Sep 5, 2018
Lynne Conner is professor of
theater arts and chair of the Department of Theater at the
University of North Carolina at Charlotte. She is a theater
and dance historian, cultural policy theorist and
playwright. Lynne has written extensively on audience
engagement and the creation of meaning in the arts, and has won
numerous awards for her playwriting and directing. Her most
recent book is Audience Engagement and the Role of Arts
Talk in the Digital Era. Lynne’s most recent play, THE
MOTHER, is a 2018 Eugene O’Neill Theatre Center National
Playwright’s Conference Semi-finalist. Before joining the UNC
Charlotte faculty in 2016, Lynne was professor and chair of the
Theater and Dance Department at Colby College. She earned a
B.A. in English Literature from Oberlin College, an M.A. in Theatre
Arts from the State University of New York at Stony Brook, and a
Ph.D. in Theatre History and Performance Studies from the
University of Pittsburgh.
This episode is perfect for anyone interested in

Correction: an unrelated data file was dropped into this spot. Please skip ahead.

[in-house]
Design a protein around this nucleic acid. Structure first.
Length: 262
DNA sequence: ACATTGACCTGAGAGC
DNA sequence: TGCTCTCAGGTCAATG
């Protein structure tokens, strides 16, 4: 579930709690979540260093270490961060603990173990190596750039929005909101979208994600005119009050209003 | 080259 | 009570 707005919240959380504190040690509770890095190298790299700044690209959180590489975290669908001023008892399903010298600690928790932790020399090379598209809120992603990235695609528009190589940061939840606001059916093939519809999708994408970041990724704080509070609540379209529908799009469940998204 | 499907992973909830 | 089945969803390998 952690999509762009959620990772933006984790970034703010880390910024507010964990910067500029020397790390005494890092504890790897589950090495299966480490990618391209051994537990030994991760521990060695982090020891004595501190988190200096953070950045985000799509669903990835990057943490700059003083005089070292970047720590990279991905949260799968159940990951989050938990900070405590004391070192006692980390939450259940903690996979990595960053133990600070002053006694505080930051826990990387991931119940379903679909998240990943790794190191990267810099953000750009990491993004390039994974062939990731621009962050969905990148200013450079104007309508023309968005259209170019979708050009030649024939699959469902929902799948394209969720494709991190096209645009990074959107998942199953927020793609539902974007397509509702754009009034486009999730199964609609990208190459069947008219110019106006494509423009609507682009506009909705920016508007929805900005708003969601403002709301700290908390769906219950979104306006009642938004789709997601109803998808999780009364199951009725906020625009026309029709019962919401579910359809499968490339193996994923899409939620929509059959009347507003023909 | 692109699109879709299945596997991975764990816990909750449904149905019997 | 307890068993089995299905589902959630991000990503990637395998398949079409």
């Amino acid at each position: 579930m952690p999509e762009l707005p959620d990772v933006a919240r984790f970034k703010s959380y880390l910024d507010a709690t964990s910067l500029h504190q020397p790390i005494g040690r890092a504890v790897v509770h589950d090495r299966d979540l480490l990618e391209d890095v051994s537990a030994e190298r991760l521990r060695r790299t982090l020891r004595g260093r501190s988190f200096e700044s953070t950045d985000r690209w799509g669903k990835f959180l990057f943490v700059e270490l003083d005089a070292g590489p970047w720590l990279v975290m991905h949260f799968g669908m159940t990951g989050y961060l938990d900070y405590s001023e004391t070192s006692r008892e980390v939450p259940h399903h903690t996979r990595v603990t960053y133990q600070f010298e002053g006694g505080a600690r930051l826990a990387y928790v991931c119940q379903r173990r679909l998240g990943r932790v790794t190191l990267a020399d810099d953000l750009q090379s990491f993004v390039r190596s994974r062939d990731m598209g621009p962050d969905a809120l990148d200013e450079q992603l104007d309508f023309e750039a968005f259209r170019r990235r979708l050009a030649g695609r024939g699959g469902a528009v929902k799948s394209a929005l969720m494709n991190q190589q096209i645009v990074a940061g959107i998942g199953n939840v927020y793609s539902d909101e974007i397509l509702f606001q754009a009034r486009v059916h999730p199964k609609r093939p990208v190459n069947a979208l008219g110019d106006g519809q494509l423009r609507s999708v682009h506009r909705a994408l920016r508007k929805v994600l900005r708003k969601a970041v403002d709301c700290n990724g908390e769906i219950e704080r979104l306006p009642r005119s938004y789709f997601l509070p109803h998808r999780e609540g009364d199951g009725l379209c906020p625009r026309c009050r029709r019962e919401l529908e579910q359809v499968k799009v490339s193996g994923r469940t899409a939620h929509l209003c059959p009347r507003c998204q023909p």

audience engagement, the history of audience behavior, meaning
making, theater, and interpretation of the arts.
IN THIS EPISODE
- Lynne describes her work as
historian, playwright and professor.
- She talks about applying the history of the
arts to the practice of the arts.
- She discusses the assertion that drives her
- She defines the terms social interpretation, arts
experience and arts talk.
- Lynne explains how audience behavior has
- She provides two reasons why
audience behavior has changed.
- She explains the consequence of quieted
- She describes how the arts experience should
be more like sports.
- Lynne answers whether she would prefer active
audiences during performances.
- She addresses Miles Davis turning
his back on the audience.
- She explains the difference between linear and
circular patterns of communication.
- She notes criticism of white and black audience
- Lynne addresses whether any work of art can be
considered great if audiences are
not actively interpreting art.
- She considers whether the decline in audience
interpretation makes art less meaningful.
- She shares what arts organizations can
do to help audiences make meaning.
- She answers what was defining about her
- Lynne explains why she is attracted to
theater and how her scholarship evolved.
- She talks about what meaning means.
- She connects interpreting the
arts to interpreting the meaning of our lives.
plus Mark's Personal Word Essay: Making Meaning
To learn more, visit On Life and Meaning